The Július Koller Society / BRATISLAVA (Slovakia)
11.04.2019 – 31.05.2019
In installations, sculptural settings, and spatial interventions, as well as publications and exhibition displays, Johannes Porsch undertakes semantic shifts or highlights existing ambiguities in order to use them as design elements in exhibition and publication contexts. Porsch reflects on methodology, engaging with techniques of artistic depiction, with reproduction and representation processes that are not unique to creating art but can also be found in broader social contexts.
Among many projects he developed exhibition displays for The School of Kyiv, Kyiv Biennial 2015 and 2016 for Július Koller One Man Anti Show in mumok Vienna. For his solo shows, Porsch is continuing a research he first exhibited in 2017 at the Kunstpavilion Innsbruck under the title “Tropology”. Tropes are linguistic devices that are used not in their actual sense but figuratively, thus corresponding with Porsch’s methods of shifting and subverting meanings. What is expressed through tropes is therefore not to be understood literally but rather in divergence from a set direction or a given path. Tropes are forms of unreality. In their constant twists and turns and changes of direction, by replacing one frame of reference with another, tropes evade clear semantic determination and undermine normative patterns and hegemonies.
The first from the three-exhibition series organized by The Július Koller Society in Nová Cvernovka focuses on the topic of socializing archives. Johannes Porsch inspects the complex relations between archive and society from the perspective of the current conditions of semiocapitalism. In his works which refer to methods of Post-Minimalist and Post-Conceptual Art, more specifically Institutional Critique and performative concepts of subjectivity, he investigates specific features of the visual industry and symbolic economies. Set-ups that emerge open up the possibility of testing: proto-typical display situations capable of transforming and promoting transformation (itself), which possess the ability to present the processual, the forever provisional, the moment of reconstruction in history.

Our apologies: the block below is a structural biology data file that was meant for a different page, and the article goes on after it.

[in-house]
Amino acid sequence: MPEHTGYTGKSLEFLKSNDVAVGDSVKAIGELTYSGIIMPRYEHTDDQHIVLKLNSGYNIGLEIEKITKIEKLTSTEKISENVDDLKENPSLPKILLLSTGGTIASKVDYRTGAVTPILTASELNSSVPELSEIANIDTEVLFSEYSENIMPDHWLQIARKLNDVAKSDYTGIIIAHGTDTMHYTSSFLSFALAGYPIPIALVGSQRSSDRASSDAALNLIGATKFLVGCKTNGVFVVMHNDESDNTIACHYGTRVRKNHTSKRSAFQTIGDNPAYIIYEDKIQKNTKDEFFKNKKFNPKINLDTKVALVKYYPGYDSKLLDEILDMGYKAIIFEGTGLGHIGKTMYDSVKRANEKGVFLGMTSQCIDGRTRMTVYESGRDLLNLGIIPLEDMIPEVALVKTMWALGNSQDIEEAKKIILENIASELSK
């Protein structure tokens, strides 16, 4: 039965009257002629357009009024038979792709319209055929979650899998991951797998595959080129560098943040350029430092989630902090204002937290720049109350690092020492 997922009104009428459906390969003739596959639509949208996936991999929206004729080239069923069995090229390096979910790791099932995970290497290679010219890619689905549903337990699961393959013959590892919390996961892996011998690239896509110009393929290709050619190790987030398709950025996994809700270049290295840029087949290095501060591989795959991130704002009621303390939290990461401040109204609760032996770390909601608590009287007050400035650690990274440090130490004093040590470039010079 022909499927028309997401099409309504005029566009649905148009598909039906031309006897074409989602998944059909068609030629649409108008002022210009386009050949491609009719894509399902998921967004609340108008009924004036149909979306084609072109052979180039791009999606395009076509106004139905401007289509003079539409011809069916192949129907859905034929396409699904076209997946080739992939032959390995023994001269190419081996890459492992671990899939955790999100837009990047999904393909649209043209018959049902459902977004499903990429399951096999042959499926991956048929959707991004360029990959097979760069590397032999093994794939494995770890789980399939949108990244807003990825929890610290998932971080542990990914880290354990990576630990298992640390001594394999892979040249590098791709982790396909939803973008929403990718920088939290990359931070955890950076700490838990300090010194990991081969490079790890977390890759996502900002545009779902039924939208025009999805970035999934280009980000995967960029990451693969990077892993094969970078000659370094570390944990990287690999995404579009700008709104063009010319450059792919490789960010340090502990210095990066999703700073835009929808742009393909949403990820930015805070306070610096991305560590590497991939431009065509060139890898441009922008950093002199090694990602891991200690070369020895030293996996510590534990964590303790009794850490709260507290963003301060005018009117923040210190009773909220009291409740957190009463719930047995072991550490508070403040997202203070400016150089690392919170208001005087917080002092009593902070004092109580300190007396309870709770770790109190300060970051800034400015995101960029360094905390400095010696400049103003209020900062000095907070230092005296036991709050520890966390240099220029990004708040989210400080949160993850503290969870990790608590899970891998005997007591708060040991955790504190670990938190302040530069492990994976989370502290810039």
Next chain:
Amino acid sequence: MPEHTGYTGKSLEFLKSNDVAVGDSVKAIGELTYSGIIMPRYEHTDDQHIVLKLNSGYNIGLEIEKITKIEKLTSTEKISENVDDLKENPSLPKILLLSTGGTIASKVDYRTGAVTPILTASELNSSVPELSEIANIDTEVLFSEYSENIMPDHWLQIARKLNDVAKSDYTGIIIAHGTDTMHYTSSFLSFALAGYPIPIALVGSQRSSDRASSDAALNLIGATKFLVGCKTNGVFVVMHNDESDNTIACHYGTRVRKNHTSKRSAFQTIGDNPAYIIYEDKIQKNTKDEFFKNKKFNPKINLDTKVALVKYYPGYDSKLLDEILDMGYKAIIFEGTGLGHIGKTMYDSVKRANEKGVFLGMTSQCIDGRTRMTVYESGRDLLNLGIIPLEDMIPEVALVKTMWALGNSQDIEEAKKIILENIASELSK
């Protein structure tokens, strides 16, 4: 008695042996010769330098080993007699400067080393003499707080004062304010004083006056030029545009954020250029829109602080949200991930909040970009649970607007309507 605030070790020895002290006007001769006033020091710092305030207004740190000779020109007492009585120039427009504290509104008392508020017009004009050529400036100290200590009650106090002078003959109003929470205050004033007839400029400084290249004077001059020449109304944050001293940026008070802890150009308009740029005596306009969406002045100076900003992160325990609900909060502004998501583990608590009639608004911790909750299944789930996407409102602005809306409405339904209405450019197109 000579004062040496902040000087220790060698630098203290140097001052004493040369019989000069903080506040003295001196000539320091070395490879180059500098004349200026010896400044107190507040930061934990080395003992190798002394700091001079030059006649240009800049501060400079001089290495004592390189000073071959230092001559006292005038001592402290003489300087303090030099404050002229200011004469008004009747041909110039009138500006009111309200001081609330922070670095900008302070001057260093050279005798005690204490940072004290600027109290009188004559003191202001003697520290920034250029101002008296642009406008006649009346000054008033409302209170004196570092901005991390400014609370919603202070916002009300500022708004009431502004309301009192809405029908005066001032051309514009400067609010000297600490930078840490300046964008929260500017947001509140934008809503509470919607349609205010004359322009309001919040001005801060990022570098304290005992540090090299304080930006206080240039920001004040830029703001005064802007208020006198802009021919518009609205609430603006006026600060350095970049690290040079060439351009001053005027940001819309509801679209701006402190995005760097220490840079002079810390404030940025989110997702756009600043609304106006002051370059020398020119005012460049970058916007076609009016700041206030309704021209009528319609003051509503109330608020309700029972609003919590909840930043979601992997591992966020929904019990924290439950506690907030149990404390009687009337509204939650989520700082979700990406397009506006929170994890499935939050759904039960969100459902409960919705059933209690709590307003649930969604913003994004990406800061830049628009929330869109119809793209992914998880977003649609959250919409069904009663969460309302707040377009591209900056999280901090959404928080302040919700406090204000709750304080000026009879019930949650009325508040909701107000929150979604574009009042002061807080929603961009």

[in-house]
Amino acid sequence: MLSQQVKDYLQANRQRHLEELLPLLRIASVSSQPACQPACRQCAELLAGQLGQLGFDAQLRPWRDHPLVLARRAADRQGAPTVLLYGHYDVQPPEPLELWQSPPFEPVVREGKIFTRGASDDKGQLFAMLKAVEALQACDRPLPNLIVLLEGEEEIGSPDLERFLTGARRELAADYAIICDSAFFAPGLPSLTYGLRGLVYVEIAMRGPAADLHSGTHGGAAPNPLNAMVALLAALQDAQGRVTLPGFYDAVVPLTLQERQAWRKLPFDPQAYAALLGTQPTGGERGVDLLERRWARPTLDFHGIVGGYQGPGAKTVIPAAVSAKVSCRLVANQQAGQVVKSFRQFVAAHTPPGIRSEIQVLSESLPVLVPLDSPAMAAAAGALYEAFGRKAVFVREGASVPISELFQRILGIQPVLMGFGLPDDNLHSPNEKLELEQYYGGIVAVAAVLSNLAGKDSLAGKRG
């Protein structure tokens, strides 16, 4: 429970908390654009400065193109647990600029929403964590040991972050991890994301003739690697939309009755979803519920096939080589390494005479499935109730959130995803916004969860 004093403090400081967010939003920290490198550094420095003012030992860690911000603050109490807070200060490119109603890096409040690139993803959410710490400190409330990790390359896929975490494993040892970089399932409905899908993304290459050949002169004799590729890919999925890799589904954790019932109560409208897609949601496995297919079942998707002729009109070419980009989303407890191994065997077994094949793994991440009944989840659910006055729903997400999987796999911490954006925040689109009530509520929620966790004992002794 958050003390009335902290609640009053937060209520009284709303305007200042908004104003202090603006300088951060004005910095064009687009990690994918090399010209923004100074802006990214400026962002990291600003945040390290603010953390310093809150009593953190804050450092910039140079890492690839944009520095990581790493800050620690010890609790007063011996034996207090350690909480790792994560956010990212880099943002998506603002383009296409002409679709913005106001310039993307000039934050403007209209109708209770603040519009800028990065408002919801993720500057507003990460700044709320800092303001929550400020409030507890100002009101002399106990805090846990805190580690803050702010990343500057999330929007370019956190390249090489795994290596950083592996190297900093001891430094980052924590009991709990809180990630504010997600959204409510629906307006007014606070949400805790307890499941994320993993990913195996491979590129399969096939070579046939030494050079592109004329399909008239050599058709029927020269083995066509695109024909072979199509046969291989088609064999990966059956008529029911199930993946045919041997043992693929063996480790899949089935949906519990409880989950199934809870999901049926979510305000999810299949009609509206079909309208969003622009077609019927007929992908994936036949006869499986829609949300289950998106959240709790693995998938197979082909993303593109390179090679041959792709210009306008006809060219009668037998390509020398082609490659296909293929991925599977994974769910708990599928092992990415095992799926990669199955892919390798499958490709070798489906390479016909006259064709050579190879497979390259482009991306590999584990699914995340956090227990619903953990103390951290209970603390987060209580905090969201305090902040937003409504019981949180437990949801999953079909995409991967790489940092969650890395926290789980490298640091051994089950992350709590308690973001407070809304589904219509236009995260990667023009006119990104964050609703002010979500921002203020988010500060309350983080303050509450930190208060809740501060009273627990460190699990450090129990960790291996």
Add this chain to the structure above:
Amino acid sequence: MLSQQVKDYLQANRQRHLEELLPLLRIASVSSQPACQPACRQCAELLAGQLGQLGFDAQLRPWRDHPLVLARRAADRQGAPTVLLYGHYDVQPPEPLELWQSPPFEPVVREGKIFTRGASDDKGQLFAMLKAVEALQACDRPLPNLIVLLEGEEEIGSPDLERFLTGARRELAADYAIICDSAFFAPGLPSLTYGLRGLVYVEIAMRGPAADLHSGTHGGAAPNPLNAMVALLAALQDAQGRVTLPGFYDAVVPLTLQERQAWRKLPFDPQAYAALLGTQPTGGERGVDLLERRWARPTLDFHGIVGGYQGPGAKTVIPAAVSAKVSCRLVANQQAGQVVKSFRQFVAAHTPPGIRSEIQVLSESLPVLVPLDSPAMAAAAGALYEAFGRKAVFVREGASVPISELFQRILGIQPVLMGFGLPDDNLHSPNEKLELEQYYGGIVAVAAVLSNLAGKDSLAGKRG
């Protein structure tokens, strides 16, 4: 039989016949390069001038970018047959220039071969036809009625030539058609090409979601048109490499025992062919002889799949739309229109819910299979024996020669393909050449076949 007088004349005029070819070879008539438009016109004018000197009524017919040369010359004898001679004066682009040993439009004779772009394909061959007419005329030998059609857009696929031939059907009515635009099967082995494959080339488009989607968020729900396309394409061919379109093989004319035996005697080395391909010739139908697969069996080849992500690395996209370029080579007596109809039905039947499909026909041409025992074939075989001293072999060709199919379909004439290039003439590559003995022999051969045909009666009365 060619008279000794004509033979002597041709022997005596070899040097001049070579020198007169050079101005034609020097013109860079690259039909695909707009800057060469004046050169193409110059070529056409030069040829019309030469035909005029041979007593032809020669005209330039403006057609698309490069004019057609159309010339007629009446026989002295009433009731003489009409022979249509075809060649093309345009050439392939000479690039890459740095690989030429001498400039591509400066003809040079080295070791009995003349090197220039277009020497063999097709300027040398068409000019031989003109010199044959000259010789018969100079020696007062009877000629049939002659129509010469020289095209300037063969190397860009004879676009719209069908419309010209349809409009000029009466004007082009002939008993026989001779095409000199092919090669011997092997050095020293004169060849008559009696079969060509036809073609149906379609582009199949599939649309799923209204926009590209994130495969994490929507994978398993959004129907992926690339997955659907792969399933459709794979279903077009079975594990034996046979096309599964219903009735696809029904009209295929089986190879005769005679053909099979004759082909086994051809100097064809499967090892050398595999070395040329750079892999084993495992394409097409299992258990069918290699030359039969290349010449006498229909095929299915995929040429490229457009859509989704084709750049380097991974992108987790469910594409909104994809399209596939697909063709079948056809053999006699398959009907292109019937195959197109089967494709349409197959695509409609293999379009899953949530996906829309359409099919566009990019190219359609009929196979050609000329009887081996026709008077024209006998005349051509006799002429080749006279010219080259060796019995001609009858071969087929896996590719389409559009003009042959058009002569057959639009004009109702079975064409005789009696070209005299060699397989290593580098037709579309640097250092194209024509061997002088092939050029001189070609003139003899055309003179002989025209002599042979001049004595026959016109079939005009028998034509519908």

The central motif of the exhibition is a photograph from the last Vetements fashion show for the fall and winter of 2019, subtitled "anti-social behavior" by the Georgian fashion designer Demna Gvasalia. The show was inspired by the dark side of the Internet. Based on the option of going without an identity, the Internet allows its users to engage in gun trade, human trafficking or child pornography. We can see a male model dressed in jeans, denim jacket and a hoodie, all covered in logos of global corporations which control the digital industry. An artificially constructed interior of the French National Museum of Natural History with exotic stuffed animals forms the scene for identity politics. The Amazon payment logo - "unavailable" - refers to two different constellations of historicity and politics. Porsch's method activates the formal aspects of archiving: labeling and layering of images. The imperial motif of a museum passage with exotic taxidermy reconfirms positions of the main global players on the male model's outfit. The collage points to the massive amount of non-communication between the two planes of identity, real meaning and actual use.
Temporary unavailability of goods or services represents the shared paradox of consumerist and archiving logic - empty space, negativity, resignation, defiance - something that is on offer, but at the moment not available to use. Revealing, investigating and processing of that which is obscure, unexplored or even unspoken, connects the work of Johannes Porsch (and possibly that of Július Koller) with the thought of Italian philosopher Giorgio Agamben. Porsch refers to concepts used in Agamben's book Signatura rerum - to signs of the zodiac wherein one can read that "which was never written". Porsch uses decans of the zodiac as a repetition pattern, in productive work of (emptied) gesture, in "slips" of meanings and migrations of motifs across various media and discourses.
Intervention in the system of fashion works as the conceptual framework of Johannes Porsch's artistic endeavors. If fashion design influences social conditions by infusing commodities with properties, then it also gives a promise to conform to control of its own mechanisms by the internal rules of power, and vice versa. The catchphrase of temporary unavailability (of consumer goods) makes a gap in the conventional reading of the consumerist world, because it inhibits and detour the fast-flowing stream of meanings of consumption. Sediments of this type of reading may create archival layers, but they mainly test operations associated with use of the visual communication. Curated by Daniel Grúň